To counter this, racers then have their own EMP weapons, the ability to 'Jam' incoming EMP strikes, a turbo for added boost, and spike strips as well. Each weapon works on a recharge limit, so you have to wait for an allotted time after using them before they can be dispensed again. There are a few issues with the balancing of these weapons though, particularly in the online game modes. EMPs, for example, can be easily avoided by simply slamming on the brakes and dropping in behind your attacker - this is particularly grating as EMPs really need to be used at close range to be effective. Another slightly confusing piece of design comes with the police helicopters, which are the most valuable of your weapons on the cop side due to their scarcity but actually aren't that effective in practice. Even if the choppers do hit their mark, which often isn't the case, a solitary spike strip is perhaps a slightly weak pay-off when the racers have a hearty turbo boast as their alternative.

Nonetheless, each weapon levels-up through a number of tiers as you progress in the career, with bigger cop cars in the road blocks and police helicopters that can track racers through tunnels as examples of upgraded features. Throughout all of this the spike strips and road blocks are the stars of the bunch really and, for this reason among a few others, driving as a cop does hold much of the appeal during gameplay. Whatever the case, NFS: Hot Pursuit is certainly at its best when cops and weapons are involved but, surprisingly, this isn't always the case throughout the game. During much of the 'Racer' side of the career and in one of the main online modes, all the action is stripped down to racers without any weapons at all and no cops in sight whatsoever.

It's a confusing decision by Criterion because it leaves an unseasoned taste throughout a large portion of the experience. The studio relies a bit too heavily on some of its old Burnout tricks to pull you through these race types as well, with the emphasis put on drifting and driving into oncoming traffic to build-up boost. However, without some of the heart-pounding sense of speed in the Burnout games and the skillfully choreographed set-pieces, Hot Pursuit's rendition isn't quite all there. More troubling is the fact that there's little point trying to take out opponent cars during these races (in fact, the loading screens advise you against it) as persistent barging won't result in any 'Takedowns' or added boost. Some decently designed shortcuts do add to the experience and, as you'd expect, the format has been borrowed from Burnout here. Once again though, the lack of hair-raising jumps or minimal margins for error seen in Burnout's shortcuts make Hot Pursuit's feel a bit plain in comparison.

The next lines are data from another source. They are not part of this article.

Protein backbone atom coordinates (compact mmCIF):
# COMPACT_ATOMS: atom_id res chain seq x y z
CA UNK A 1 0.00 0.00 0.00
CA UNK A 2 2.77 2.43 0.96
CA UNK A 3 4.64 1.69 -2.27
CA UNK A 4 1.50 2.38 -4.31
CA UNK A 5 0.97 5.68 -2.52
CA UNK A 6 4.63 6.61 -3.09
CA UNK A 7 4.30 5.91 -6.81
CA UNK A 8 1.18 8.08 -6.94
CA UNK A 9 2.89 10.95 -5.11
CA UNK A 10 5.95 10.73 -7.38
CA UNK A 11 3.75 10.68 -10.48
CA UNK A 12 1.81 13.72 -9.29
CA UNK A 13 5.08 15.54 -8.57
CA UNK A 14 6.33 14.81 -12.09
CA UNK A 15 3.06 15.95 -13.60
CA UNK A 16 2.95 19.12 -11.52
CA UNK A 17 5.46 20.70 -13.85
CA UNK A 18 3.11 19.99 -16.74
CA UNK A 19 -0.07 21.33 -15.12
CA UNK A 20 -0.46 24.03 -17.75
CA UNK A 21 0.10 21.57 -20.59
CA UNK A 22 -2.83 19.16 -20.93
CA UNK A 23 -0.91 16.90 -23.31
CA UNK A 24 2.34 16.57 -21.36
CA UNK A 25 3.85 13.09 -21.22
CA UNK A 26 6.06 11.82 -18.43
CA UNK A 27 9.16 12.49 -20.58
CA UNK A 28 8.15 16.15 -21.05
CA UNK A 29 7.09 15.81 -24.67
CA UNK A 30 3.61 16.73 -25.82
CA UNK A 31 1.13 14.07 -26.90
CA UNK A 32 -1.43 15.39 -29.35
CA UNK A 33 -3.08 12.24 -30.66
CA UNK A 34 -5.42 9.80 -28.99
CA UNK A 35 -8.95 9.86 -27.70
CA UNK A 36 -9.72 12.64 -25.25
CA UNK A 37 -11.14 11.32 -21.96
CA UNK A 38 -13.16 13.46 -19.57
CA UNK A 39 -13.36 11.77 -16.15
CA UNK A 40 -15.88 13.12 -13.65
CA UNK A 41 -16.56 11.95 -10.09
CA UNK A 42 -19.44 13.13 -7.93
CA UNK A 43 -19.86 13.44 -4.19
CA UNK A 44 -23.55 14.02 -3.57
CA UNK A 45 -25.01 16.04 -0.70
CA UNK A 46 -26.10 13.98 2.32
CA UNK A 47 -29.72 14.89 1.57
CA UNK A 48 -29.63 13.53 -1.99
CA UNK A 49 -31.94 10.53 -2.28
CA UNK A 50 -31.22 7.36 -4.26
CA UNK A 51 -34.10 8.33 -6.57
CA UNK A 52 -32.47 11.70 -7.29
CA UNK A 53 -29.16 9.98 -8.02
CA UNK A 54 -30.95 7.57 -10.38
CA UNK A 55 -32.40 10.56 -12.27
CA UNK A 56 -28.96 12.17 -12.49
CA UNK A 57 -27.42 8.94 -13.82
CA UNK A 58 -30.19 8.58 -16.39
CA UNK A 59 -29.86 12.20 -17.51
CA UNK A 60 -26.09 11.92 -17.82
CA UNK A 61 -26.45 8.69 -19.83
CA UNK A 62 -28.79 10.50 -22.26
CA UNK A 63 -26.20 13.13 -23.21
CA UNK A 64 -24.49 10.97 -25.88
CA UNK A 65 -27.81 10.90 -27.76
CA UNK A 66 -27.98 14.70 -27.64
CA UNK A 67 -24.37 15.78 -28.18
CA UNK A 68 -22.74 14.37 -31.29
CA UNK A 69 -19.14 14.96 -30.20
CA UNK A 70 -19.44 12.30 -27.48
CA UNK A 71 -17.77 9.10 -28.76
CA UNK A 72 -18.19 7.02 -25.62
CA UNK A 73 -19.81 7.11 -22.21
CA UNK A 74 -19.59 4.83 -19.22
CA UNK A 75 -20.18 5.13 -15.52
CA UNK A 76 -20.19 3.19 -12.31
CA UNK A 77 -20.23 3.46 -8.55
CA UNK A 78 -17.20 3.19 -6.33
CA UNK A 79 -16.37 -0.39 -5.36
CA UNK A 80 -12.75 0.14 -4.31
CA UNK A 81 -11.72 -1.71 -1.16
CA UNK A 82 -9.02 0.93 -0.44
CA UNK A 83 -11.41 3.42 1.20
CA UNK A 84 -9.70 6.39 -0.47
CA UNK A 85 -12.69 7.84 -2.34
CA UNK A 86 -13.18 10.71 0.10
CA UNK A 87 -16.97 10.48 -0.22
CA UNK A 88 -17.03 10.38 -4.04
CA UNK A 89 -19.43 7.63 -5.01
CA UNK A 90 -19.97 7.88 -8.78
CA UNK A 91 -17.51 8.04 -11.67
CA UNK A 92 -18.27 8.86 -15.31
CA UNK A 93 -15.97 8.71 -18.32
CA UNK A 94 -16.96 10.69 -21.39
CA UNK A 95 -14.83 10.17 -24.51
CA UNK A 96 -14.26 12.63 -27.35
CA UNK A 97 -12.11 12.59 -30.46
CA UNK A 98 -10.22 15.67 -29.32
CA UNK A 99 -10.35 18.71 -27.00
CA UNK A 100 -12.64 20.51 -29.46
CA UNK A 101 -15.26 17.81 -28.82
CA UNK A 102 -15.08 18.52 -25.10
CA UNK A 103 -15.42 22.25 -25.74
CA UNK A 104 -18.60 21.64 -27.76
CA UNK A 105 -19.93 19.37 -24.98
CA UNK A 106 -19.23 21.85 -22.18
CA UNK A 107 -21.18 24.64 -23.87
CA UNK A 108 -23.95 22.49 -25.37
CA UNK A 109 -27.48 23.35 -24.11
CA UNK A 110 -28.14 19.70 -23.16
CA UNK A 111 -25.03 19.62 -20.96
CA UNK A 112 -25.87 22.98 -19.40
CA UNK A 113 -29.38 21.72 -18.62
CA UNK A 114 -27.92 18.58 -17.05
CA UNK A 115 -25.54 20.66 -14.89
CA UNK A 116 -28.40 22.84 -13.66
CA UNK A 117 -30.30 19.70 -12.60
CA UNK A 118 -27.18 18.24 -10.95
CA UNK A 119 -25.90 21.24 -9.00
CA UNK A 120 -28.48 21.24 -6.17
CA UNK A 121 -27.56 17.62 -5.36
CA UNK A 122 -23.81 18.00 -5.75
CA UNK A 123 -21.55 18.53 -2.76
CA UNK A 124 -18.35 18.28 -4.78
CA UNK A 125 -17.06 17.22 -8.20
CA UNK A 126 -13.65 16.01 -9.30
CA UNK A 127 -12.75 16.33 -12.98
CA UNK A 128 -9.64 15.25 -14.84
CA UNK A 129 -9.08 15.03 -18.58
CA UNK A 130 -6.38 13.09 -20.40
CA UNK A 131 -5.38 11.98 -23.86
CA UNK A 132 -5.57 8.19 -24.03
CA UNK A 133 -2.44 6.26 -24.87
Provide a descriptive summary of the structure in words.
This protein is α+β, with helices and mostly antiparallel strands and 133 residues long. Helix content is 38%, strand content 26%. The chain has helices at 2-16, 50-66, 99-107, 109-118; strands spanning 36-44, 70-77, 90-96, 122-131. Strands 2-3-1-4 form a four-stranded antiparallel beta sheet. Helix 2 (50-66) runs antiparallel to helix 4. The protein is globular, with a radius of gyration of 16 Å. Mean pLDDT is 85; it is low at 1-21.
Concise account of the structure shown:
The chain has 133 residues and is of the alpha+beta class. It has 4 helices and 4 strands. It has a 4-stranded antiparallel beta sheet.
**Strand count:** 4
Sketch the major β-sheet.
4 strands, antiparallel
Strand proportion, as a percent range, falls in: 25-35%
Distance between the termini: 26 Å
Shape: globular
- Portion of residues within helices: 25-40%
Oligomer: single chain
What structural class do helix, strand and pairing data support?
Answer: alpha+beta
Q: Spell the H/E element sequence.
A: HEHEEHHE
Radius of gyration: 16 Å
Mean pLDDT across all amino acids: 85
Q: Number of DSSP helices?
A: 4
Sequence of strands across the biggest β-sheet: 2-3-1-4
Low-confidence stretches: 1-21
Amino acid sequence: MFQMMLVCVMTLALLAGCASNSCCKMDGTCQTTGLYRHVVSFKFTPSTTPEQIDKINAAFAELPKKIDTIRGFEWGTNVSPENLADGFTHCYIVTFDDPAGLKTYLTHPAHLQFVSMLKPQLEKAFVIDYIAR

This somewhat unsatisfying feel to the 'Racer' side of the action continues into the time-trials, with the similarities to Burnout effectively not delivering on initial promises due to a lack of subtle design touches. However, the 'Cop' time-trials do add something a little fresh to the experience, mainly due to time penalties that are incurred whenever you hit a civilian vehicle or crash into barriers on the track. This puts an added impetus on precise driving techniques and ups the ante a little as a result. Throughout all of these various events though, Criterion's ability to set various scoring ranks for each event is once again unrivalled. Gold, Silver, and Bronze ranks (or Distinction, Merit, and Pass for cops) are dished out depending on your performance in each event and, as with the Burnout games, the Gold rank is always enough in reach to make you play again but always just far enough away to be infuriatingly difficult to achieve.

If it's these Gold ranks that you're after for all the events in Hot Pursuit's campaign, then you'll be beavering away for 15 hours at the very least - as always, Criterion has produced a driving game that's very well stocked. A superbly integrated 'Autolog' hub for the online portion of the game then puts added bragging rights to these high scores, with lists that allow you to compare friends' scores and a 'Wall' where you can post news about scores that you've just beaten. As with the 'Freeburn' mode in Burnout Paradise, Criterion is once again leading the way in how it seamlessly links the single and multiplayer offerings through an all-pervasive online network.

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  • Graphics: 88%
     
  • Sound: 91%
     
  • Gameplay: 84%
     
  • Originality: 77%
     
  • Longevity: 84%
     
Overall Score: 8/10